HOUSTON – Four Houston police officers have been fired in connection with the fatal officer-involved shooting of Nicolas Chavez nearly four months ago.
Chavez was shot and killed April 21. Police said they believed the 27-year-old had a “pointed object” and charged at officers. A cellphone video recorded by a witness appeared to show Chavez on his knees when he was shot by officers.
Houston police Chief Art Acevedo said Thursday that an autopsy showed that Chavez suffered a total of 29 entry or exit wounds, which included wounds from bullet fragments. He said Chavez also had methamphetamine and ethanol in his system.
Protesters and some of Chavez’s family members have said he was suffering a mental health crisis when he was shot by the officers. For months, they have called on the Houston Police Department to release the body-worn camera video. Thursday, police released that video while announcing that firing of four officers involved in the shooting.
Houston police Chief Art Acevedo said officers encountered Chavez after several 911 calls about a man darting into traffic were received.
The video, which included different angles from officers who fired shots, showed officers confronting a clearly distraught Chavez. The officers spent several minutes trying to calm Chavez down and urged him to comply with their commands. Officers later use bean-bag rounds and a Taser to try to subdue Chavez, before fire shots at him. Chavez becomes covered in blood during the encounter and is shot three times by officers. He later grabs the wires of a deployed Taser and begins to pull it toward him before the fatal 21 shots were fired.
The video below has been edited by KPRC 2 to show those parts of the encounter. The video is paused when the fatal shots were fired, but the audio of the shots can be heard. KPRC 2 has opted not to show the unedited video made public by police because of its graphic nature.
Acevedo on force
Acevedo said that while he believes most of the actions by the officers were reasonable and justified, he said he cannot defend the 21 shots that were fired at the end of the confrontation with Chavez. He said he believes Chavez no longer posed a threat to officers because he was too weak to stand.
Acevedo released the “indefinite suspension” letters of the four officers and identified them as Benjamin LeBlanc, Luis Alvarado, Omar Tapia and Patrick Rubio. Acevedo said all four officers have filed appeals and that he plans to fight them.
In May, Acevedo confirmed to KPRC 2 Investigates that the Feds were looking into the case in addition to the investigation being conducted by the Harris County District Attorney’s office.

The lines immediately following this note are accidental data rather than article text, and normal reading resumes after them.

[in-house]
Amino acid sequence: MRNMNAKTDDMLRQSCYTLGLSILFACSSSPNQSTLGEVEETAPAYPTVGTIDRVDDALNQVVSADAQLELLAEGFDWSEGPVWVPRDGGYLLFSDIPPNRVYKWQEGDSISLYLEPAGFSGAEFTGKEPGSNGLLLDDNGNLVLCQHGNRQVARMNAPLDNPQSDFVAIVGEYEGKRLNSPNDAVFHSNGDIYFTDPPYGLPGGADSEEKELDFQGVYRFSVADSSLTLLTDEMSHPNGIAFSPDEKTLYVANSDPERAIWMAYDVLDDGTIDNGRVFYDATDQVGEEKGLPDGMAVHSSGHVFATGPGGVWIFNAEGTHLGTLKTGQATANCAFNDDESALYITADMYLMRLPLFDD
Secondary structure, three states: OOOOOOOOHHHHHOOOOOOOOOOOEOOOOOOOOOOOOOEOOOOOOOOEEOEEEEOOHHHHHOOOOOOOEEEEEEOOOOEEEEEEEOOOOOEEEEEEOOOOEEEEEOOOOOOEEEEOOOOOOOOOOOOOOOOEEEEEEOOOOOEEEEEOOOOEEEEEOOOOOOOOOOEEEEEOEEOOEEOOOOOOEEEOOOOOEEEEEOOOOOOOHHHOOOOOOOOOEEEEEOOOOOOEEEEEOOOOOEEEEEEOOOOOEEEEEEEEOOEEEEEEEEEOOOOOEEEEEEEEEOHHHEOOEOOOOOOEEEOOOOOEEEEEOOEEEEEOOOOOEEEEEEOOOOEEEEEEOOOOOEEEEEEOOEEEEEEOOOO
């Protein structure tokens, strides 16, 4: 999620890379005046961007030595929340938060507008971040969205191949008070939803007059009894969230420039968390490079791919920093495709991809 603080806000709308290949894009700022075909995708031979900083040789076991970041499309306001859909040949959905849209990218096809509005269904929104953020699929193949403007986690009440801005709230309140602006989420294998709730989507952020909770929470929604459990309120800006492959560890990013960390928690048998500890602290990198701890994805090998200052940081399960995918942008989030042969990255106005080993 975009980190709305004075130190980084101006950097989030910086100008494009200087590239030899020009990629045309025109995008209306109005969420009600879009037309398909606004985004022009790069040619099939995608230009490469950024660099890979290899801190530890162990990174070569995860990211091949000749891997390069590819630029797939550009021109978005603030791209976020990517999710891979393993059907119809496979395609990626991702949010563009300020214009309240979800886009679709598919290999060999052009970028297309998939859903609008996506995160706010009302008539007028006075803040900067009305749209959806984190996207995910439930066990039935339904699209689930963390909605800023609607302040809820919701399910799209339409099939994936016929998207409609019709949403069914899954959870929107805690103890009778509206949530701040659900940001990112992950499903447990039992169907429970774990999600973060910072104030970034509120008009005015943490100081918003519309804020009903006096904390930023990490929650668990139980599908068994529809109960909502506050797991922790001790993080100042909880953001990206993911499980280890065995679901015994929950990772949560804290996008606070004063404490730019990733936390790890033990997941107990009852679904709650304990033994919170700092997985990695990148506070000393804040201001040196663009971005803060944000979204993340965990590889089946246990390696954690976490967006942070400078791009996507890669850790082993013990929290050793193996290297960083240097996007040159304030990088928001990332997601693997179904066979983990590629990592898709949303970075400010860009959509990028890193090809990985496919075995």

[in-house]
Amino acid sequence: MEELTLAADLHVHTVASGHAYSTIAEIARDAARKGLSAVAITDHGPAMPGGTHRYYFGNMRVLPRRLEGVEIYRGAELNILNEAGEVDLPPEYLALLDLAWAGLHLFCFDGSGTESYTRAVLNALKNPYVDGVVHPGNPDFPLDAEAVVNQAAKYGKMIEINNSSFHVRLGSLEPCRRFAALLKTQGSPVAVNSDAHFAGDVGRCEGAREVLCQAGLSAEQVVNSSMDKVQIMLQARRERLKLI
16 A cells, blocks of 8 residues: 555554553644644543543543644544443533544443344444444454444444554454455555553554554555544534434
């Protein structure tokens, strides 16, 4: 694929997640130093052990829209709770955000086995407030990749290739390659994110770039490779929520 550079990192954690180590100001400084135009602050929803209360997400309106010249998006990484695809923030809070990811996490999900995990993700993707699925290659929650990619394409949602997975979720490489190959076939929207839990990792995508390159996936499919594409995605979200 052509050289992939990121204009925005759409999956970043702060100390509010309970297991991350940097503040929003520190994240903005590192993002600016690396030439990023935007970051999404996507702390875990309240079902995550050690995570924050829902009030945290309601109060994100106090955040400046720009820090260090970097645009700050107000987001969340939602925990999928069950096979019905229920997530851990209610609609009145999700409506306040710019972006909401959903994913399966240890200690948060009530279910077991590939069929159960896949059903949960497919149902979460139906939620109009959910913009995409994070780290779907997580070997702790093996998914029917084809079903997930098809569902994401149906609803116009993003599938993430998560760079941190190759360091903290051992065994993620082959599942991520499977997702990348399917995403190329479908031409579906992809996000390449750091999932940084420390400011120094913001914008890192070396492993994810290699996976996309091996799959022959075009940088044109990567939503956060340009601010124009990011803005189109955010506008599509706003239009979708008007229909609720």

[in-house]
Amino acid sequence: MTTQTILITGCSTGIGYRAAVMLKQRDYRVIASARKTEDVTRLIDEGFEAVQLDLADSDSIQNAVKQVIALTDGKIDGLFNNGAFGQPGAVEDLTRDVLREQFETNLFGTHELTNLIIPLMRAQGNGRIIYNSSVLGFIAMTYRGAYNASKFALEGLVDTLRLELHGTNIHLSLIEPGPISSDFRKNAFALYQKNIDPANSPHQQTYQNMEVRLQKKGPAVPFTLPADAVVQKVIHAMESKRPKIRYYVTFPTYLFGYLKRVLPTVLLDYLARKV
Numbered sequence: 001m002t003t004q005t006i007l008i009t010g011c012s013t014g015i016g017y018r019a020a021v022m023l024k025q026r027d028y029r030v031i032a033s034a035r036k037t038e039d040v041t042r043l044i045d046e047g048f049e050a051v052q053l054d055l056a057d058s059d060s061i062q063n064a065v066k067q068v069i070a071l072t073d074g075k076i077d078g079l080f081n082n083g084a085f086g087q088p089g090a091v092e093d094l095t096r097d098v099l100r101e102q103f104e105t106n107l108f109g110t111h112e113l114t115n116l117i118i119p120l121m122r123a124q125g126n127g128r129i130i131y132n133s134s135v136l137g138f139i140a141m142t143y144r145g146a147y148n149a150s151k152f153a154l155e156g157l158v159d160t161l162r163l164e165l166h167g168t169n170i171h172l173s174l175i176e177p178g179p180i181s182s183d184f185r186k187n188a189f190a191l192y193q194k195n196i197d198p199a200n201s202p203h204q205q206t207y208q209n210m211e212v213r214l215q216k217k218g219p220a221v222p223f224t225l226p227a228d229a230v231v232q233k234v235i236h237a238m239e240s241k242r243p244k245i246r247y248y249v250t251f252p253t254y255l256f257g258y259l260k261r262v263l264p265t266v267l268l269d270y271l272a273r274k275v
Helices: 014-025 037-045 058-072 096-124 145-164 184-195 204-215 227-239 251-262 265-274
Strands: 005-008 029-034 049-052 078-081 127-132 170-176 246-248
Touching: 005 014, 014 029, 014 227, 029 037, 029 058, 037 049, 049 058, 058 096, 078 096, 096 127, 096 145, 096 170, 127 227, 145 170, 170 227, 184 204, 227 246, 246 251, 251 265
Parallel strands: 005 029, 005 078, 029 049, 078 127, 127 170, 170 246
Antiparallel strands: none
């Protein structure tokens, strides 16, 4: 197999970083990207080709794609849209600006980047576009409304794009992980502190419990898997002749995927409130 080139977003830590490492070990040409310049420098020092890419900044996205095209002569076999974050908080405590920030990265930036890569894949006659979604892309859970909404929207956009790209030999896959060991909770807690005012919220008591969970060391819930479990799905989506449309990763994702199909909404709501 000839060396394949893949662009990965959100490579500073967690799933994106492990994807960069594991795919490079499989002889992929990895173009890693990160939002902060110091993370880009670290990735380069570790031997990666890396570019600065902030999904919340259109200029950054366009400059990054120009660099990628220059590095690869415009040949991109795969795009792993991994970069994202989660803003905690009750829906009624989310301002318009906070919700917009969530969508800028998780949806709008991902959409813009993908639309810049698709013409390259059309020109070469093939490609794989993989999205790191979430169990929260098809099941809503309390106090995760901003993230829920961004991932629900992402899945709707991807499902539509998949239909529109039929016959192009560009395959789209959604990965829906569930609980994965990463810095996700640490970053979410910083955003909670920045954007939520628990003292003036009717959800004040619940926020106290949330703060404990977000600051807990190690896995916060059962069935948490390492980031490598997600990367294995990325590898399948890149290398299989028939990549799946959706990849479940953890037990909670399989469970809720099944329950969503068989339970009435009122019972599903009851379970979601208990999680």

Houston police Chief Art Acevedo was joined earlier this month by Chavez’s widow and family members of other people killed in those shootings who said they understood why Acevedo was reluctant to release the videos. Thursday, Acevedo thanked the community for their patience and giving the time he needed to investigate the incident.
Police union responds to firings
The Houston Police Officer’s Union held a news conference to discuss the firing, calling the decision made by Houston Police Cheif Art Acevedo “unjust and deplorable."
According to HPOU president Joe Grimaldi, Chavez’s death was tragic but the shooting was justified.
“What happened to Nicolas Chavez was a tragedy,” Grimaldi said. “(He was) a man who was clearly struggling from mental illness or a possible overdose and as a result forced our officers into a suicide-by-cop scenario.”
Grimaldi said the officers who responded to the scene did everything people across the country have been asking police to do, including doing everything they could to deescalate and retreat for 15 minutes before the shooting.
HPOU vice president, Doug Griffith — who was called to the scene following the shooting — echoed this sentiment.
According to Griffith, the officers involved were young officers and had not been on the force long. They were distraught at having to shoot a civilian, and even Acevedo agree they followed protocol and it was “obviously suicide by cop,” Griffith said.
Griffith believed Acevedo’s tune changed due to political presser that “obviously he can’t handle.”
Several committees and civilians on those committees agreed that the officers acted under the law and did not require disciplinary action, but the chief still decided to fire the officers involved, Griffith said.
“We’ve got hard-working officers out there doing their job and this just breaks the morale of this department,” Griffith said.
Acevedo is expected to respond to the HPOU’s comments during a news conference Thursday afternoon.
The HPOU confirmed police will be releasing a 5-minute bodycam video that was recorded during the shooting.